Images from Okamoto Tofu-ten

Friday, June 15, 2012

Hand Foot Mouth Elbow Knee Tummy Butt Disease

Nothing says summer like a highly contagious illness. Some families take vacations to the beach, but we just get sick. This usually ends up saving us a lot of money (as long as no one lands in the ER). Last year in June we went to the ER three times, so that was not as cost-effective as I'd like. Pink P was introduced to the wonderful world of asthma (and by wonderful, I mean totally crappy), and my gall bladder decided to move to Mexico. It sucked and we were hoping for a much quieter summer this year. And at first, this summer vacation seemed better. The kids various life-long ailments were under control, I was no longer spending every waking hour on my dissertation, and Ren's back was on the mend. For a brief, shining moment, all was well. My first-sign we were in trouble should have been Ren's back (and technically the trouble started before we realized it, so there was really no brief, shining moment--you can let a girl fantasize, though, can't you?). The day before my defense, he "re-irritated" it. (BTW, "re-irritated" is my denial word for "he completely screwed it up again"). In his defense, he didn't do anything he wasn't supposed to be doing. His back is just bad. Very, very bad. We are moving headlong toward another, much bigger, surgery. (But, I don't want to talk about it right now. I'm in denial.) That thing I am denying is a pretty good sign our summer plans are shattered. But just in case I had delusions of salvaging even the tiniest shard of hope for a "normal" summer, the boys came down with Hand, Foot, and Mouth Disease. (I love that just the mention of HFM makes people feel phantom pains and start to see spots. Just like saying "pink eye" causes people rub their eyes. Oh, and CHICKEN POX!) Anyway, where was I? Oh, right. Stow and Pink P went to a birthday party for a friend, and it turned out that the birthday girl had HFM. Sigh. I'm totally not one of those parents who gets worked up when someone's sick kid hangs with mine. They are all little petri dishes and the world is full of germs, so I've accepted the fact they're going to get sick. Oh, but I wish Sky and Stow didn't get HFM. First of all, Sky couldn't get over how someone could possibly do such a thing to him. He ended up missing most of his week at hiking day camp and lamented his plight daily by recapping (quite dramatically, I might add) how his brother and sister had so callously brought such awful germs home to him. Sky's week of quarantine was especially rough on Ren. But the worst part was poor Stow. The HFM virus caught up with him when he was already battling a double ear infection, so he got the worst case of HFM I've ever seen (granted, I've only seen it a couple of other times in other people's kids, but still...). His hands, feet, mouth, arms, legs, buttocks, elbows, knees, neck, and ears had red spots that became little blisters that turned into ginormous blisters that that then erupted into angry-looking red sores which eventually scabbed over. (Stop reading here if you have a weak stomach or are particularly sensitive to rash pictures--though I guess that last sentence might have done some of you in already. Wimps.) Awww, what a sweet sleeping bab.... Wait! Agh! What's that? Hurry up! Do something! The aliens are trying to get out!! ... You get the picture. It was ugly. It was painful. And it lasted a long, long time. We couldn't take him anywhere because even when he was no longer contagious, no one would believe it. I mean, look at him: So, two weeks into summer vacation, and I am pretty sure it will not go as planned. Not even a little.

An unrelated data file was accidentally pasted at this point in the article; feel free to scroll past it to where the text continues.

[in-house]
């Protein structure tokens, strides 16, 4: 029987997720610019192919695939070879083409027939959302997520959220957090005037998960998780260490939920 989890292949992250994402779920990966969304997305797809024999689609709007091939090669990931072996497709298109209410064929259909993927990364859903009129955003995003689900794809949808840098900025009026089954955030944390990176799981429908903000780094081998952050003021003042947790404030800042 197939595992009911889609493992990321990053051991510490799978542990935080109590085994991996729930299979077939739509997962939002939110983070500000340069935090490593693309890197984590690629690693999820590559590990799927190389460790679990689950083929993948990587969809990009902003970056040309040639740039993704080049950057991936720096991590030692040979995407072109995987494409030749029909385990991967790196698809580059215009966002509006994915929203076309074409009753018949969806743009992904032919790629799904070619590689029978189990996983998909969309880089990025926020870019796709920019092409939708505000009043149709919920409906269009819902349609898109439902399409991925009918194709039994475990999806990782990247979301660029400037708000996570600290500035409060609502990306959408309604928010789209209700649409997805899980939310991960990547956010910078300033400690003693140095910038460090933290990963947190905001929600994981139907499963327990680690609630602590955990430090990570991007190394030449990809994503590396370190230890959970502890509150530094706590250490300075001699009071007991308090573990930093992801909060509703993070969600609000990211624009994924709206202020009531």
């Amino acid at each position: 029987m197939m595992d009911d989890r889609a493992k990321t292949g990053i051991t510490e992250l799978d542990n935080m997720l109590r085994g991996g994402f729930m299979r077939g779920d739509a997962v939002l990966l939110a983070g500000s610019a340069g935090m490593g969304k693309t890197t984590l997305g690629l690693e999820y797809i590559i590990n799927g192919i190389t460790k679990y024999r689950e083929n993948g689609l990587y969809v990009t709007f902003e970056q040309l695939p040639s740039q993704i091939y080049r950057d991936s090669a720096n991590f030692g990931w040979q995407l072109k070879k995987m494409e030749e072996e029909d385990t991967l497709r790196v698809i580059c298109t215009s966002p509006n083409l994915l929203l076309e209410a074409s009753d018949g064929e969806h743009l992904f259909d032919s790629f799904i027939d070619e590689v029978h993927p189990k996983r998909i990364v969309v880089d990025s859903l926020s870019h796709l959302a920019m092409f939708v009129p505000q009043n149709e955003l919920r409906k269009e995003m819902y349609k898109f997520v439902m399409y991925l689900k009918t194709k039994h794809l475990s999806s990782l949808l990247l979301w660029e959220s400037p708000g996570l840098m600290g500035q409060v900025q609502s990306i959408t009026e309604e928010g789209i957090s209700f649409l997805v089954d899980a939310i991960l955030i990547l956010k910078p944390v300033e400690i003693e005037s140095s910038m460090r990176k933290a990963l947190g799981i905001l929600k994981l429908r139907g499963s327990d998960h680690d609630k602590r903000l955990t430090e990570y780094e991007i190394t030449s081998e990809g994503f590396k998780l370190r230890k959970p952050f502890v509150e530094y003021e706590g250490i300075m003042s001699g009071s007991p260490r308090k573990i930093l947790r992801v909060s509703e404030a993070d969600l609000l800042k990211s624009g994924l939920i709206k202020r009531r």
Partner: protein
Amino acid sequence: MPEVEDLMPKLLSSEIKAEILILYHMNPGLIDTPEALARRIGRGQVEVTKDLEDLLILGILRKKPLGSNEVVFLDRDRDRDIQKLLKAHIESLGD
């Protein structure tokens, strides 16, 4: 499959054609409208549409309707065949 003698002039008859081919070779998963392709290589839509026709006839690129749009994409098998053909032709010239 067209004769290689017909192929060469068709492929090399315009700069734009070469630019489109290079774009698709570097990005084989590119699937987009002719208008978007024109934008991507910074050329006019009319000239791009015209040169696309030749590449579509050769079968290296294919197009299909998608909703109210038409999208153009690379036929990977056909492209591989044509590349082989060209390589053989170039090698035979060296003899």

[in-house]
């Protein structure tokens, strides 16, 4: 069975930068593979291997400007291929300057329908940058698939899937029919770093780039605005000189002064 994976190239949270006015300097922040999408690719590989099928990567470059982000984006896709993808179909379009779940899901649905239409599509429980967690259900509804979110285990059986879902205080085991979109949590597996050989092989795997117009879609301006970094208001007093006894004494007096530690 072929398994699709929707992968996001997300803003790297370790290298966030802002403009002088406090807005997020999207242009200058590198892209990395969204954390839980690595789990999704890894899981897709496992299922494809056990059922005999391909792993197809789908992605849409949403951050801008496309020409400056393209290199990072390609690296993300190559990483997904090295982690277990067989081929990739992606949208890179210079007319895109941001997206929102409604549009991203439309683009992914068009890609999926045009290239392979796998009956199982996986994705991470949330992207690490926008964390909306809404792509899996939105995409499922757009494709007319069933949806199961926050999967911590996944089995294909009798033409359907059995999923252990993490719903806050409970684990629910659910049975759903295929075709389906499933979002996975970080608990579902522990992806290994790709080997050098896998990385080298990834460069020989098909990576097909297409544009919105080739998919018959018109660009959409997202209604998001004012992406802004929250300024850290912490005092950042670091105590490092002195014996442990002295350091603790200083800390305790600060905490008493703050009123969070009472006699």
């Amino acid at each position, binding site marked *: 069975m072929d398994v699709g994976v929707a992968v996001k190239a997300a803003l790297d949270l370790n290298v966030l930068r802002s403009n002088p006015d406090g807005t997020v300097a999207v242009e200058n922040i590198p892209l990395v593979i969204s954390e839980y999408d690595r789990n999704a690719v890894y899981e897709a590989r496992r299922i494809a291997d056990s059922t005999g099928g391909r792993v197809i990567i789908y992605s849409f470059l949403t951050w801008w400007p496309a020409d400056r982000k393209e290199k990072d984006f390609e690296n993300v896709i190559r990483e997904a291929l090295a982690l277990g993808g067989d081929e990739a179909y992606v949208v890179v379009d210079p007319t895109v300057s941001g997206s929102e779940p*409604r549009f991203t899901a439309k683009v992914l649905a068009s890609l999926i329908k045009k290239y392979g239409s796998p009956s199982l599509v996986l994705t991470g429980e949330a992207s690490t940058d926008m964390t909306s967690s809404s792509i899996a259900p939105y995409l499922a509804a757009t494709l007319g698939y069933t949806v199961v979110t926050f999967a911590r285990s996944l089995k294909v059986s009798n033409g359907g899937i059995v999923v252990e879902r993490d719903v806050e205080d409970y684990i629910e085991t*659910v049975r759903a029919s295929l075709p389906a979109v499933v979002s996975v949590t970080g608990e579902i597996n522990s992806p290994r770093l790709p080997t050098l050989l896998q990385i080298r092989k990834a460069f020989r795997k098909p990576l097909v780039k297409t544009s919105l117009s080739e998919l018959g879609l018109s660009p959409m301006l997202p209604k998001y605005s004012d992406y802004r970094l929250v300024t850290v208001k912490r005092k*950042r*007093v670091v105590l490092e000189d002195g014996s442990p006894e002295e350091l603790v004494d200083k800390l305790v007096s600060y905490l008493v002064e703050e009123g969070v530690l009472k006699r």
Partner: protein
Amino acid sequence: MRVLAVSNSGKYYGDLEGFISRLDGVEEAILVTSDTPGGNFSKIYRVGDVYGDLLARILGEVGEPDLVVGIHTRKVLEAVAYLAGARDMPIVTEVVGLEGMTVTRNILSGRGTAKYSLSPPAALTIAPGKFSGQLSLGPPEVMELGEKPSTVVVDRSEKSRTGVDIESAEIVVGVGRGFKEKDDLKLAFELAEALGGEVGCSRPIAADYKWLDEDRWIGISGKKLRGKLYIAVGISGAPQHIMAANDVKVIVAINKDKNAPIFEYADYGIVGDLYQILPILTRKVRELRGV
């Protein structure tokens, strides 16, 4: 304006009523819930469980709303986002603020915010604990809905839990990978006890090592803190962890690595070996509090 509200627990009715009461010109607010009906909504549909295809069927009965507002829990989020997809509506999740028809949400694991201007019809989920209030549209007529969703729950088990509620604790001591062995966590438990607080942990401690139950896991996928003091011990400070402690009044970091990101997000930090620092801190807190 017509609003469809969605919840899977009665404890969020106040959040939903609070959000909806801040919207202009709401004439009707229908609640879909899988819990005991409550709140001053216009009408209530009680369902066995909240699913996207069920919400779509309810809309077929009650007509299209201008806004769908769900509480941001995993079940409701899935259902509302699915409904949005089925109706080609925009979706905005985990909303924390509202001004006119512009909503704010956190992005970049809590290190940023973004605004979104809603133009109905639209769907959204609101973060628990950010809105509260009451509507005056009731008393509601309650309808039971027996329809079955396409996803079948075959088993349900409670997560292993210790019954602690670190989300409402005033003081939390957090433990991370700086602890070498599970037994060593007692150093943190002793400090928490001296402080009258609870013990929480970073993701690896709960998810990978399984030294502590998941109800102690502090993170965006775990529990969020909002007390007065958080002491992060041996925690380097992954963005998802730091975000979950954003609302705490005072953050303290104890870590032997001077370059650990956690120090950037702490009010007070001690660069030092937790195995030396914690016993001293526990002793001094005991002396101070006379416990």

Thursday, June 14, 2012

Got Milk?

Well, it's taken some time, but we've finally embarked on the path toward biomedical/dietary interventions in hopes of lessening Sky's behavioral issues and Pink P's allergy attacks. Many parents (and some researchers) have found that casein and gluten for kids on the spectrum can cause something akin to euphoria. If you know my kids, you know they really don't need any more of that. So off we go...